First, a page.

Fear, False Beliefs and Blame in Mental Health Stigma
Monday, May 14 2012 Chris Curry
You know someone who has a mental illness. You actually probably know tens of people with mental illnesses. There’s a twenty percent chance that you have a mental illness yourself.
If this problem is so common that literally everyone in the world is affected by it in some way, then why are we still so ashamed to talk about it? It’s easy to just chalk it up to stigma around mental illness but, unfortunately, the puzzle is much more complex than it seems.
As with any problem, it is best to start by breaking it down into manageable bits.
Fear: A Necessary Component of Stigma
Although everyone has their own unique list of fears, most can agree that, in general, we fear what we don’t understand. And when that thing we don’t understand, like mental illness, gets portrayed in a negative manner through the media, we simply start to fear it more.
The media has led the public to believe that people with mental illness are more violent than the general population. In fact, the majority of people who are violent do not suffer from mental illness, according to the Canadian Mental Health Association. However, people with mental illness are in fact 2.5 times more likely than the general population to be victims of violence, not perpetrators.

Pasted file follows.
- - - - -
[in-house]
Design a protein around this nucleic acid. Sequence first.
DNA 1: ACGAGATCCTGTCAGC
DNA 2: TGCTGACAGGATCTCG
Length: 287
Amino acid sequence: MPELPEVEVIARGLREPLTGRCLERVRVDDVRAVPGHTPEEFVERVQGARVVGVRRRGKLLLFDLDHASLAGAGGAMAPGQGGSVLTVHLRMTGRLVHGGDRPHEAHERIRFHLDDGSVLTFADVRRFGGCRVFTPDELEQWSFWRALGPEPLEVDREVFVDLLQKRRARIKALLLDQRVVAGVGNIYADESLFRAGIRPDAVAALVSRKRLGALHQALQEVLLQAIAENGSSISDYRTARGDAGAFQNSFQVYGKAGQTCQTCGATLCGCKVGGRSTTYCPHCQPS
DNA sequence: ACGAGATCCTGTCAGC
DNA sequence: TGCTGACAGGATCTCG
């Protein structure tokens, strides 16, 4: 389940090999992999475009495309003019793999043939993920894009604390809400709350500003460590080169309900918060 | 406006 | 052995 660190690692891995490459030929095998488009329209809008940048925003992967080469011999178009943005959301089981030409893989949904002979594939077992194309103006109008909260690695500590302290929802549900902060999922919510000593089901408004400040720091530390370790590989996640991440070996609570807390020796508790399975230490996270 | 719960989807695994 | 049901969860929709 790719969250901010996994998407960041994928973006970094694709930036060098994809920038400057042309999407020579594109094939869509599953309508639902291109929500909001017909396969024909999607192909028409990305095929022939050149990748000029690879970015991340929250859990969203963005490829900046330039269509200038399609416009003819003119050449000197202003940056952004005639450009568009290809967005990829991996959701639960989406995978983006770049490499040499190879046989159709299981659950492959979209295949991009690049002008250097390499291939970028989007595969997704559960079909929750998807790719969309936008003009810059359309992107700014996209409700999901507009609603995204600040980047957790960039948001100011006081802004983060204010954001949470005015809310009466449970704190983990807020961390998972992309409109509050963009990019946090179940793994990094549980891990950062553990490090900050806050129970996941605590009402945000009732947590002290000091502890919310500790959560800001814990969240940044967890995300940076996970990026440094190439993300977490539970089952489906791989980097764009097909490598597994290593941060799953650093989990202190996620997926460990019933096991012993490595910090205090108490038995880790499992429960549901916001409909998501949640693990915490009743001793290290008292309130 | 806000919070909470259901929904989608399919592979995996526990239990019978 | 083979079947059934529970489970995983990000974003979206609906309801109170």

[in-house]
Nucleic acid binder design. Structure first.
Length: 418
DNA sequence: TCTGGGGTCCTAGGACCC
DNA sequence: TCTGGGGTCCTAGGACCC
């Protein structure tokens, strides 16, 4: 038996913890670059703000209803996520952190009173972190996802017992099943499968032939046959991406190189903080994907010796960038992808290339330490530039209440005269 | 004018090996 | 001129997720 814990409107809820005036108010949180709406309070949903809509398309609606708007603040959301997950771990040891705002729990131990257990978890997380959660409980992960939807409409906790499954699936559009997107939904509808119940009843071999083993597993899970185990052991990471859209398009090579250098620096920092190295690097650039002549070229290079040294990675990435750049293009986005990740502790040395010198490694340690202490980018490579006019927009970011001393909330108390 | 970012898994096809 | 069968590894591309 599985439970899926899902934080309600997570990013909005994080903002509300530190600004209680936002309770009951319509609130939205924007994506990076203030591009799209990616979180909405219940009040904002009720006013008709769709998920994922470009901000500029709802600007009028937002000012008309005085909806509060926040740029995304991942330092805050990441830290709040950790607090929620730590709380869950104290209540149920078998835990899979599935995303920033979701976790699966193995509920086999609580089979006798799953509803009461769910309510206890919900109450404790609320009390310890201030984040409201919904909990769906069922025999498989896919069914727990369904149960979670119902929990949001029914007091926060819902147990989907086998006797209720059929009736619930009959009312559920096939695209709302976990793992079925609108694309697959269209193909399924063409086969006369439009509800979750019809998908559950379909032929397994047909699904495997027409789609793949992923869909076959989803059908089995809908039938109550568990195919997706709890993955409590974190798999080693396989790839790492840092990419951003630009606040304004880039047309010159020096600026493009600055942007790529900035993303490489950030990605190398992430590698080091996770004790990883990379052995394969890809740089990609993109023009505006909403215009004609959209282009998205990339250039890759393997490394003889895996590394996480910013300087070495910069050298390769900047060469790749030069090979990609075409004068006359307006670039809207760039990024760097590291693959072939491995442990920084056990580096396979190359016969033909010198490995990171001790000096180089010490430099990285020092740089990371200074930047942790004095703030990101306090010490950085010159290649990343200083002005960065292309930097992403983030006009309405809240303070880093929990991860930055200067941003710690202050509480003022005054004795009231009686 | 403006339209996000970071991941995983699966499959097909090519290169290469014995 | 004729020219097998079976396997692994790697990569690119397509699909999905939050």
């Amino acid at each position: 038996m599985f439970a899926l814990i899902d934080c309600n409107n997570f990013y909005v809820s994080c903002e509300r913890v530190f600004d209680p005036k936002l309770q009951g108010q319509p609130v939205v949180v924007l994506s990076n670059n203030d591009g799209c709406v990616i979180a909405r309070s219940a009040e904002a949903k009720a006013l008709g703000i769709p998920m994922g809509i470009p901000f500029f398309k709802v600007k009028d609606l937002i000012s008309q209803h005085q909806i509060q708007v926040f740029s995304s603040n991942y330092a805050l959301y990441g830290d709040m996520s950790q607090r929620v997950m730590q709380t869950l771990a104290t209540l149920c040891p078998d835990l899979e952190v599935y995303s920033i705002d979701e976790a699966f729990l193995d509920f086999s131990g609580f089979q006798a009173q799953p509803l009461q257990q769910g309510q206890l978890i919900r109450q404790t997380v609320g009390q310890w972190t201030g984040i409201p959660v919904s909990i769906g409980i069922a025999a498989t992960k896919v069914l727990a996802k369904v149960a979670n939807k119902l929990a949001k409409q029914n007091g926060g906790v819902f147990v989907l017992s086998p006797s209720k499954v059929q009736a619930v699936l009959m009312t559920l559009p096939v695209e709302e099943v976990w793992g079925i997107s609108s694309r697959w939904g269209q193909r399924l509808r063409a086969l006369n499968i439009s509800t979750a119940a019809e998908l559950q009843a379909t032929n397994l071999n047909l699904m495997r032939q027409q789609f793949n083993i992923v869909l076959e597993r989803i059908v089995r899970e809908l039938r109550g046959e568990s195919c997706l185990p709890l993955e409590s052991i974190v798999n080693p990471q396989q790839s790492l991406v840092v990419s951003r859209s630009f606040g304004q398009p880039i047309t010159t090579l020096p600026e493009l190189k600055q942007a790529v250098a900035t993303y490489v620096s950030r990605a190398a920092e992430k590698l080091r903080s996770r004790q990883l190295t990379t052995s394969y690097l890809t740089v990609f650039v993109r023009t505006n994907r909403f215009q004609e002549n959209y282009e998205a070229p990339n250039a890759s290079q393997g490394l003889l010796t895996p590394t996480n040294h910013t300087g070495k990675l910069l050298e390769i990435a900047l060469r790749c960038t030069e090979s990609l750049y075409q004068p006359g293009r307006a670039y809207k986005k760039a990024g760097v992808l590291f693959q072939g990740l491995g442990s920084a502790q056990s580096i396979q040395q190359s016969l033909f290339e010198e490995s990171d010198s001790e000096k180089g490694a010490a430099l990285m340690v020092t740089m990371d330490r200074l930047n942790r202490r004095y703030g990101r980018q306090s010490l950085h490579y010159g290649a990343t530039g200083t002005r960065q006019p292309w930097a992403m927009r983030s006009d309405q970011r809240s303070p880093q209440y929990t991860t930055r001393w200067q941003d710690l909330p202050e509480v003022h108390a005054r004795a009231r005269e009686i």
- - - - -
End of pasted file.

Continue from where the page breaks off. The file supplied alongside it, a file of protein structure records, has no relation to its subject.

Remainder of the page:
So what are we so scared about? If people took the time to read the literature on mental illness and violence, they would soon figure out that they in fact have nothing to be scared of at all.
False Beliefs About People With Mental Illness
The belief that someone who has suffered psychosis cannot be re-integrated back into society. The belief that someone who has schizophrenia cannot hold down a job. The belief that someone with borderline personality disorder is unable to have a healthy relationship.
All of these false beliefs lead to increased stigma. And the only way we can lessen it is by touting the success stories of those who have battled, and beaten, mental illness.
Blame and Self-Stigma
Unfortunately, a lot of people are blamed for their mental health conditions. I would guess that most people with major depression have been told more than once to ‘buck up and stop being so miserable’ or ‘we all have problems. Deal with it like everybody else.’ (read Best and Worst Things to Say to Someone Who is Depressed)
Far-removed from physical illness, people with a mental illness are often blamed for having it. It's like it was some kind of choice they had and if they would have done this, or not done that, they would be ‘normal’ like everyone else.
No one chooses to have a mental illness. Just like no one chooses to have cancer.
Since there is so much blame put on the shoulders of those with mental illness, it is very common to start believing that maybe it is your fault.
It’s not. And anyone who believes it is horrendously misinformed.